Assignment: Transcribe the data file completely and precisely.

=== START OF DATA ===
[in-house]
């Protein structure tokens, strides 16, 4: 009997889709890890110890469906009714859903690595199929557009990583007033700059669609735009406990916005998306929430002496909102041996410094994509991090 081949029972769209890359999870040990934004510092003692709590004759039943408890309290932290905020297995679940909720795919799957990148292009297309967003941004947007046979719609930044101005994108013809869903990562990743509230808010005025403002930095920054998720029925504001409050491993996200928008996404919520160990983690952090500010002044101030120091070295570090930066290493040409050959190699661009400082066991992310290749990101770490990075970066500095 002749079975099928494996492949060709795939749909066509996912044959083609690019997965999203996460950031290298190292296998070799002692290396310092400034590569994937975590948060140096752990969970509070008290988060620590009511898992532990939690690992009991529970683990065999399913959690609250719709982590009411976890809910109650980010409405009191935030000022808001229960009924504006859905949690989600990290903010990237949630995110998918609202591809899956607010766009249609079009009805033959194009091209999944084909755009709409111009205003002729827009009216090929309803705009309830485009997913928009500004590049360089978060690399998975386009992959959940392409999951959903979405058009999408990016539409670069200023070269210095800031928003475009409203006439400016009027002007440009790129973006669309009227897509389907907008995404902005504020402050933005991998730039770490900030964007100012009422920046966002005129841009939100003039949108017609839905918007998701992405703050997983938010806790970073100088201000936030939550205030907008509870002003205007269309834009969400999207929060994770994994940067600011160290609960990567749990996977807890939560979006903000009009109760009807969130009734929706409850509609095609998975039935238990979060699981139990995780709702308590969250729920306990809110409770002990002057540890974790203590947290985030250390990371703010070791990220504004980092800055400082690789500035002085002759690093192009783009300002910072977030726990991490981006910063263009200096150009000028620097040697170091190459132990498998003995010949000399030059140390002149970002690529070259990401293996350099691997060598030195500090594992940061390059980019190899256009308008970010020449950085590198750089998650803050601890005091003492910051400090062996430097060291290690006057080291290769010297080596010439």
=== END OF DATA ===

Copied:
[in-house]
């Protein structure tokens, strides 16, 4: 009997889709890890110890469906009714859903690595199929557009990583007033700059669609735009406990916005998306929430002496909102041996410094994509991090 081949029972769209890359999870040990934004510092003692709590004759039943408890309290932290905020297995679940909720795919799957990148292009297309967003941004947007046979719609930044101005994108013809869903990562990743509230808010005025403002930095920054998720029925504001409050491993996200928008996404919520160990983690952090500010002044101030120091070295570090930066290493040409050959190699661009400082066991992310290749990101770490990075970066500095 002749079975099928494996492949060709795939749909066509996912044959083609690019997965999203996460950031290298190292296998070799002692290396310092400034590569994937975590948060140096752990969970509070008290988060620590009511898992532990939690690992009991529970683990065999399913959690609250719709982590009411976890809910109650980010409405009191935030000022808001229960009924504006859905949690989600990290903010990237949630995110998918609202591809899956607010766009249609079009009805033959194009091209999944084909755009709409111009205003002729827009009216090929309803705009309830485009997913928009500004590049360089978060690399998975386009992959959940392409999951959903979405058009999408990016539409670069200023070269210095800031928003475009409203006439400016009027002007440009790129973006669309009227897509389907907008995404902005504020402050933005991998730039770490900030964007100012009422920046966002005129841009939100003039949108017609839905918007998701992405703050997983938010806790970073100088201000936030939550205030907008509870002003205007269309834009969400999207929060994770994994940067600011160290609960990567749990996977807890939560979006903000009009109760009807969130009734929706409850509609095609998975039935238990979060699981139990995780709702308590969250729920306990809110409770002990002057540890974790203590947290985030250390990371703010070791990220504004980092800055400082690789500035002085002759690093192009783009300002910072977030726990991490981006910063263009200096150009000028620097040697170091190459132990498998003995010949000399030059140390002149970002690529070259990401293996350099691997060598030195500090594992940061390059980019190899256009308008970010020449950085590198750089998650803050601890005091003492910051400090062996430097060291290690006057080291290769010297080596010439």